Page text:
General Anesthesia: General anesthesia involves rendering the patient unconscious using intravenous drugs (such as sedatives, narcotics, and muscle relaxants) and inhalation agents (such as nitrous oxide, oxygen and anesthetic gases). This often includes the use of a breathing tube, which is inserted in the windpipe to ensure proper breathing while the patient is anesthetized. A person’s individual reactions as well as the necessities of the procedure determine what agents and dosage are to be administered.
MAC (Monitored Anesthesia Care): MAC differs from general anesthesia in that the patient maintains their heart and lung function without the direct support or intervention on the part of the anesthetist. The patient is usually very sedate, but may still be able to hear and respond to their medical providers and remember some or all of their experience.. MAC is comprised of local anesthesia (or nerve blocks) performed by the surgeon or anesthesia provider, and monitoring the patient’s vital signs, The selection of sedatives and tranquilizers is carefully selected by the anesthesia provider.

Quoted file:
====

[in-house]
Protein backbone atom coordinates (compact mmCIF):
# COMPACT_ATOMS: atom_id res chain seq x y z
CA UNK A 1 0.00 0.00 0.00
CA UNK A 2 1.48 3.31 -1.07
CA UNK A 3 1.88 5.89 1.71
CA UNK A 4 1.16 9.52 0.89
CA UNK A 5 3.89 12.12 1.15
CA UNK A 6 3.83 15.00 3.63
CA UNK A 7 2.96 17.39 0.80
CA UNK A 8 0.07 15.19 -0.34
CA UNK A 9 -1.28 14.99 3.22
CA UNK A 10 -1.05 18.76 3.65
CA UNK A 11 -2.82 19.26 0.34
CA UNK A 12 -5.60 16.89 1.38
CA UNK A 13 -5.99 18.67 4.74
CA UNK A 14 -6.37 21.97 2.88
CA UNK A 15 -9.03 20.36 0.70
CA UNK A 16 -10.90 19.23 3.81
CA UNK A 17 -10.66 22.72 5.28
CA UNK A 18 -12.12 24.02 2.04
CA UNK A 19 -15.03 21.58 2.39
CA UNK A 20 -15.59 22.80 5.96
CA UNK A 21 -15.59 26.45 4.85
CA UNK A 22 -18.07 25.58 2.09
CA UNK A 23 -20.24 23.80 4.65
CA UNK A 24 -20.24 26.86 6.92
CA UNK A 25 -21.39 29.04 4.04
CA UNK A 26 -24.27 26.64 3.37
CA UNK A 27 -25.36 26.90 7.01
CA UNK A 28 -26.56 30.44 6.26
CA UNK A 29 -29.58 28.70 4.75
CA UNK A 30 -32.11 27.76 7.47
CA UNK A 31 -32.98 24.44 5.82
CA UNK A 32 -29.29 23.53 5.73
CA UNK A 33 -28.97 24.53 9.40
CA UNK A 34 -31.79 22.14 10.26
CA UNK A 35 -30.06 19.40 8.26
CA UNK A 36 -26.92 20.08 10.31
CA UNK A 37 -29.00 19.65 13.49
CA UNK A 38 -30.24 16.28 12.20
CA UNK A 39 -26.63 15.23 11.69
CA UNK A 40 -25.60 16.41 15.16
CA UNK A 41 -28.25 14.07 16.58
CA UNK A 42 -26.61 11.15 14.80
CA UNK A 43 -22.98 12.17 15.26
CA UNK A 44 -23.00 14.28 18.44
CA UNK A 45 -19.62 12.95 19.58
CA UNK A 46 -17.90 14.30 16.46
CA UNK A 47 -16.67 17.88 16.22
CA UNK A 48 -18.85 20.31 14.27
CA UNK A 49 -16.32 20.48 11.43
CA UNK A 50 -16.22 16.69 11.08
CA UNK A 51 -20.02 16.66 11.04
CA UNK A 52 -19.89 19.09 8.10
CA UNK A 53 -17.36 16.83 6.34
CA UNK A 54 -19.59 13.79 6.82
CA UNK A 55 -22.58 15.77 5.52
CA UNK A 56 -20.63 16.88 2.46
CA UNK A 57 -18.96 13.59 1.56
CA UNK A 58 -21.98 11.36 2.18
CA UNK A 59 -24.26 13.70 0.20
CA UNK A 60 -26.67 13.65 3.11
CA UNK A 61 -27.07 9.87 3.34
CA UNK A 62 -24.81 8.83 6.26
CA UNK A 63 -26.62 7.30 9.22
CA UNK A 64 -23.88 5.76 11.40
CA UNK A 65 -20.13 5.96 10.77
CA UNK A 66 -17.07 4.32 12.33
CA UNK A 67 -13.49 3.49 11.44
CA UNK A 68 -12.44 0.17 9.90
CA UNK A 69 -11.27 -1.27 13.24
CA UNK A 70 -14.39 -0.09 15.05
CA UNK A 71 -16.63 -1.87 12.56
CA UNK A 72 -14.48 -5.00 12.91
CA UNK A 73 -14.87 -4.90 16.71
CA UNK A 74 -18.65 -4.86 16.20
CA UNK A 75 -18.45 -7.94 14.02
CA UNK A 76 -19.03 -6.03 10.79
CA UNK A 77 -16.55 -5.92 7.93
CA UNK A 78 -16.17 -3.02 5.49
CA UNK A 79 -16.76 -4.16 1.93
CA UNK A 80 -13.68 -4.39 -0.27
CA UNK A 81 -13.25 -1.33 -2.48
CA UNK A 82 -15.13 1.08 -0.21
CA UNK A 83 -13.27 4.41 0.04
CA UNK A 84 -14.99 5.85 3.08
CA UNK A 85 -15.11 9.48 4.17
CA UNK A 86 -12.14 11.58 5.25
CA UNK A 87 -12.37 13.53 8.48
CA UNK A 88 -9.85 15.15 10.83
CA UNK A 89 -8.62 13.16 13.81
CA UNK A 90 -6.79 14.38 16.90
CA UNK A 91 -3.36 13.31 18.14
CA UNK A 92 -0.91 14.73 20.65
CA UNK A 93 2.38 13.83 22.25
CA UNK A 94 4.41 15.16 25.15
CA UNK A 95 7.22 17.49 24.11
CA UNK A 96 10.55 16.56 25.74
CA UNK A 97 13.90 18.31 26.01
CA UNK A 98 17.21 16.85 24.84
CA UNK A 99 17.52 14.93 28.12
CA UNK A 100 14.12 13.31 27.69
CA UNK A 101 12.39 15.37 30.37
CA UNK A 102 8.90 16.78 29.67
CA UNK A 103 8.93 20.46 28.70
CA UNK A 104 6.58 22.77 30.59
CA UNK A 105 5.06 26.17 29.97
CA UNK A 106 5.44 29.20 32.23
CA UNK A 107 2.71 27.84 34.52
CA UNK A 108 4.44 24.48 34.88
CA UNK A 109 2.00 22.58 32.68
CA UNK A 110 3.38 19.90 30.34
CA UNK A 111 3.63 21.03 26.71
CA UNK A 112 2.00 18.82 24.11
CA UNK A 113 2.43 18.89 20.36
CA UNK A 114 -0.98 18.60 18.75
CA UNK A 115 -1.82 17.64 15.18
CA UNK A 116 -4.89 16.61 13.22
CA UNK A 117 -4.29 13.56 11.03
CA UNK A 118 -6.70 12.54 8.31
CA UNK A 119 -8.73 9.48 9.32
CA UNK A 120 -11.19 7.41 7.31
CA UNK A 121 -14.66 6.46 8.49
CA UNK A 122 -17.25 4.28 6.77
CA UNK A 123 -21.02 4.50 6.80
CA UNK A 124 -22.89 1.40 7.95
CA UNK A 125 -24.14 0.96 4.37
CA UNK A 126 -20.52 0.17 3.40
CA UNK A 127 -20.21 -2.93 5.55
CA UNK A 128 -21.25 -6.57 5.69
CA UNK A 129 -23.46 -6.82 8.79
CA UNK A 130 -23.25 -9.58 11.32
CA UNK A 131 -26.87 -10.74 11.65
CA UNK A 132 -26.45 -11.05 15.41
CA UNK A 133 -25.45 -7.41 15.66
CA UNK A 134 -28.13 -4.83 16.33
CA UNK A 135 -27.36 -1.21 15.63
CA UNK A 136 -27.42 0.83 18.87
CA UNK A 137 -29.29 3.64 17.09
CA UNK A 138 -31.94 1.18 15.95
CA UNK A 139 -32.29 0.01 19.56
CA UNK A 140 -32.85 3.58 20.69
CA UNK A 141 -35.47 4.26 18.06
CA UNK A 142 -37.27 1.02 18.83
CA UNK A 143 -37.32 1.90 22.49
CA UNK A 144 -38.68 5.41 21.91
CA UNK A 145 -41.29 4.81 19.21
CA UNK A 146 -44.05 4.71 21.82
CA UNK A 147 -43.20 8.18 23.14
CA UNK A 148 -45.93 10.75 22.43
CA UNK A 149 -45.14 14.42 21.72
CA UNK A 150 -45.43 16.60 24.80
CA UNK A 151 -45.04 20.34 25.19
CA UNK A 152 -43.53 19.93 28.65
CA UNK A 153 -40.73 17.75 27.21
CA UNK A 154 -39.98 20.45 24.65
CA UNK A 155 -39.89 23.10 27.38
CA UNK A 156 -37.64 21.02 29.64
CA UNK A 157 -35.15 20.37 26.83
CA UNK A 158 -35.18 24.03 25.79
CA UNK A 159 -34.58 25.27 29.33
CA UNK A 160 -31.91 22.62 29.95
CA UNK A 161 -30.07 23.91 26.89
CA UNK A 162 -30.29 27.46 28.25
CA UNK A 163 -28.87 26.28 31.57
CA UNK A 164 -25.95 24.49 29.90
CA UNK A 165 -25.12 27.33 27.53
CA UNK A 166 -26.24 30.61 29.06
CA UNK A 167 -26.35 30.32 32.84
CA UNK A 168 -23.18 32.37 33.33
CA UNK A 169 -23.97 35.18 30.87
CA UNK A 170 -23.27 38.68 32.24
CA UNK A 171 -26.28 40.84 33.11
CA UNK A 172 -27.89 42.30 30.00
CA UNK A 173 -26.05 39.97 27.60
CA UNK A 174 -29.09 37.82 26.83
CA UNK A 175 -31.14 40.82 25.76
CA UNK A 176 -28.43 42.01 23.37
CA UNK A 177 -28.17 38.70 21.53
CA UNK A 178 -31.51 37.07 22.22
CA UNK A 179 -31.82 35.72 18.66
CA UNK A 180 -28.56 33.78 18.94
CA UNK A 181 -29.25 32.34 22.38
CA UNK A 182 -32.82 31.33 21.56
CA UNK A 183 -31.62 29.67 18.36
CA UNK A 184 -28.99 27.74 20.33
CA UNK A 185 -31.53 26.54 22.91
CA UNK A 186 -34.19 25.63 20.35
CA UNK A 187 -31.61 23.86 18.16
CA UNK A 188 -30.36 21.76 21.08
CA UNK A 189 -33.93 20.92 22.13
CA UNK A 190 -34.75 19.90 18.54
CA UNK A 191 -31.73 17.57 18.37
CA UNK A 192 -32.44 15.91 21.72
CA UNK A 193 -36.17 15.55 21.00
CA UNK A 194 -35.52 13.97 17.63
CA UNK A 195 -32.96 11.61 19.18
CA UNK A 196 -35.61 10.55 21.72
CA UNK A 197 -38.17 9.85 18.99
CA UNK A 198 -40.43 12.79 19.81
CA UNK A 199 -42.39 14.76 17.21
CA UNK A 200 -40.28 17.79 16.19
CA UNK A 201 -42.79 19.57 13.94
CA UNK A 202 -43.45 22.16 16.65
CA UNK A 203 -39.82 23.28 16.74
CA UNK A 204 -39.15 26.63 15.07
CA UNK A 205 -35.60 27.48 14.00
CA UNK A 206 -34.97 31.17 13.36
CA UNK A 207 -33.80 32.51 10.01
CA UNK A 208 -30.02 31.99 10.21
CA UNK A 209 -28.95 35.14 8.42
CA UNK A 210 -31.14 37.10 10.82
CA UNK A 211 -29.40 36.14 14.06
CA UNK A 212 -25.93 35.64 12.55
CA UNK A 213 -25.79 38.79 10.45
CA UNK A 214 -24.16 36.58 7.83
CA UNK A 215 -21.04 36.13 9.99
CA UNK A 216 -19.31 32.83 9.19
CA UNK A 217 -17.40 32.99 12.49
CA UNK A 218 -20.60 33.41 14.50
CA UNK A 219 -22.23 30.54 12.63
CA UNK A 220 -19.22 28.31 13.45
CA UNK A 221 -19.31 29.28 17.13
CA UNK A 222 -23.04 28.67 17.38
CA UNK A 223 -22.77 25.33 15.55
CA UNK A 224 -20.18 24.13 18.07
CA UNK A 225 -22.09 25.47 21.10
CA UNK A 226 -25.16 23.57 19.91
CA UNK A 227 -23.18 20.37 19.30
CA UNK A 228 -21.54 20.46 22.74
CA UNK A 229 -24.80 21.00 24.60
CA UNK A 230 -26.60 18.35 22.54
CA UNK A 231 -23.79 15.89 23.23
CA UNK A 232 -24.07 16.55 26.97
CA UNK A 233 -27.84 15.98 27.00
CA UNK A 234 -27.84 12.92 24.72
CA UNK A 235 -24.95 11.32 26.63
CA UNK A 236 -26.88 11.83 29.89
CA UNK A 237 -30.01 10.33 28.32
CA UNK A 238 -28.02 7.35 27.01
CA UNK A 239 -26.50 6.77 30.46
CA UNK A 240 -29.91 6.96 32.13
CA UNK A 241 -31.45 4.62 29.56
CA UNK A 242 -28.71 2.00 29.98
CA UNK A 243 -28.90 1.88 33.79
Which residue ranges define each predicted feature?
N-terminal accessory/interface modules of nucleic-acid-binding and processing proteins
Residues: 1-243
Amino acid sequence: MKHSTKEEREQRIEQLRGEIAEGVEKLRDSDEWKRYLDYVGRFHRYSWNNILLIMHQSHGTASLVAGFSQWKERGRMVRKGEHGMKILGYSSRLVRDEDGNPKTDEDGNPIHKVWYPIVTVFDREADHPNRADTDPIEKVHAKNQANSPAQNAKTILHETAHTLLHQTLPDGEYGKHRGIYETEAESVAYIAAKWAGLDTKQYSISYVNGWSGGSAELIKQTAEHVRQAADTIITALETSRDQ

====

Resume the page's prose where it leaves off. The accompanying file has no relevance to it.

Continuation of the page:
Regional Anesthesia: Regional anesthesia is performed by the anesthesia provider, and involves one of a number of methods producing numbness in the area of surgery. Like MAC, regional anesthetic methods are supplemented by sedatives and tranquilizers, which cause drowsiness or sleep.
Major types of regional anesthesia include:
Spinal – This is most often used for abdominal, pelvic, rectal, or lower extremity surgery. A single dose of the anesthetic agent is injected directly into the spinal cord in the lower back, causing numbness in the lower body.
Epidural and caudal anesthesia – Similar to a spinal anesthetic, this epidural/caudal anesthesia is commonly used for surgery of the lower limbs, and during labor and childbirth. By continually infusing drugs through a thin catheter that has been placed into the space that surrounds the spinal cord in the lower back, numbness is achieved in the lower body.
Nerve blocks – A local anesthetic, injected near a specific nerve or group of nerves, blocks pain from the area of the body supplied by the nerve. Most commonly, nerve blocks are used for procedures on the hands, arms, feet, legs, or face.